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Austerity, abundance and race in post-war visual culture

interesting trajectories and conversations around foreignness. Though the connection between the material abundance of Bratby’s so-called tabletop paintings – of which Jean and Still Life in Front of Window ( Figure 4.1 ) is a notable example – and the culture of austerity from which they emerged may seem obvious, there are multiple ways in which the relationship between the visual

in Cultures of decolonisation
Transnational productions and practices, 1945–70
Editors: Ruth Craggs and Claire Wintle

What were the distinctive cultures of decolonisation that emerged in the years between 1945 and 1970, and what can they uncover about the complexities of the ‘end of empire’ as a process? Cultures of Decolonisation brings together visual, literary and material cultures within one volume in order to explore this question. The volume reveals the diverse ways in which cultures were active in wider political, economic and social change, working as crucial gauges, microcosms, and agents of decolonisation.

Individual chapters focus on architecture, theatre, museums, heritage sites, fine art, and interior design alongside institutions such as artists’ groups, language agencies and the Royal Mint in Africa, Asia, the Caribbean, and Europe. Drawing on a range of disciplinary perspectives, these contributions offer revealing case studies for those researching decolonisation at all levels across the humanities and social sciences.

The collection demonstrates the transnational character of cultures of decolonisation (and of decolonisation itself), and illustrates the value of comparison – between different sorts of cultural forms and different places – in understanding the nature of this dramatic and wide-reaching geopolitical change. Cultures of Decolonisation illustrates the value of engaging with the complexities of decolonisation as enacted and experienced by a broad range of actors beyond ‘flag independence’ and the realm of high politics. In the process it makes an important contribution to the theoretical, methodological and empirical diversification of the historiography of the end of empire.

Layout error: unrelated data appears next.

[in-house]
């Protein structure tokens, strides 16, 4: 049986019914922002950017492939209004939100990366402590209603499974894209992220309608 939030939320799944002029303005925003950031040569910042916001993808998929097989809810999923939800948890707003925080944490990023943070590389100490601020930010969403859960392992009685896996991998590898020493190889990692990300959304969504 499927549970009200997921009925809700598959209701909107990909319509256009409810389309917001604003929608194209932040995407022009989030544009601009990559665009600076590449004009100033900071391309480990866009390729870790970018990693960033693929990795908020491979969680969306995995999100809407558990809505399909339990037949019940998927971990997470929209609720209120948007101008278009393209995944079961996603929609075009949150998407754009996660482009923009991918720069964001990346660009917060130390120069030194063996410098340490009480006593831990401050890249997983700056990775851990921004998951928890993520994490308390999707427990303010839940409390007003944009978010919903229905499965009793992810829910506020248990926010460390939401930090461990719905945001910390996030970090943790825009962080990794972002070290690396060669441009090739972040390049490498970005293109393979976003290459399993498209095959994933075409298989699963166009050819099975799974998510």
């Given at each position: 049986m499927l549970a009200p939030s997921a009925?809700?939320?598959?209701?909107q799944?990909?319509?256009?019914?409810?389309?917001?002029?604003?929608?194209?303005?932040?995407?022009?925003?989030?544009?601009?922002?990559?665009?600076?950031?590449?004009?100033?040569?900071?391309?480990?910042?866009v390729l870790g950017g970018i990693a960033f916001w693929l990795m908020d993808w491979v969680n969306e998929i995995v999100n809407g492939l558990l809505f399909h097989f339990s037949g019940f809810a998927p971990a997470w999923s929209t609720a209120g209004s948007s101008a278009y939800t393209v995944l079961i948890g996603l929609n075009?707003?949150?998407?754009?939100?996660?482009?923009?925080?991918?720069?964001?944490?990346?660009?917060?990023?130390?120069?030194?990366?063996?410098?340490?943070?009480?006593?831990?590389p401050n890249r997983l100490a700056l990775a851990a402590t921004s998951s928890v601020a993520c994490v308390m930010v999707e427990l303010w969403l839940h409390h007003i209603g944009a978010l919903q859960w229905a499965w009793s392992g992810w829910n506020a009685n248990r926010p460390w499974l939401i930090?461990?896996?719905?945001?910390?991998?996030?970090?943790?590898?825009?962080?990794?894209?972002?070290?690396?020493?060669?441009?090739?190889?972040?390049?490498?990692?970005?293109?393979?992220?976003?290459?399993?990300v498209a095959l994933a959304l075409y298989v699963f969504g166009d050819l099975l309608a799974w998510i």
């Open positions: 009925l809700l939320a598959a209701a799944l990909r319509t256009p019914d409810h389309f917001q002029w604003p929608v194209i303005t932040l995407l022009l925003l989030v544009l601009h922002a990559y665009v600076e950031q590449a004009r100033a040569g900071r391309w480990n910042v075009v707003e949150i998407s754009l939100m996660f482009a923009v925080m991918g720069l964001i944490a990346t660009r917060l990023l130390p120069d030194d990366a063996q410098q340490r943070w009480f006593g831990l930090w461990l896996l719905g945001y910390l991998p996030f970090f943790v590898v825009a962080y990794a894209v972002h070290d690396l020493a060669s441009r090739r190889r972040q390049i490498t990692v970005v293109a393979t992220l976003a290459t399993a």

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Postcolonial hangovers

Hong Kong’s ‘golden age’ a compelling reason for democrats to wave the colonial flag. 8 There was more than a little irony, moreover, in using the colonial flag in support of democracy and ‘Hongkongian’ identity, especially to the extent that economic grievances blended with political ones; Britain’s own democracy had produced, after 2010, an austerity budget featuring social security cutbacks, high

in Hong Kong and British culture, 1945–97

pleasure, and austerity, to both of which the body is central. His uncertainty about his body, his responses to his emergent sexuality, are also about his concupiscence in relation to the body of the racial other. Prominent in the story are a number of his interactions with young coloured boys (that these are isolated incidents in a culture of segregation is made clear when Coetzee writes of John: ‘Josiah was the fourth native he had known in his life’). In one of these, he sees a young coloured boy ‘wearing pants so short that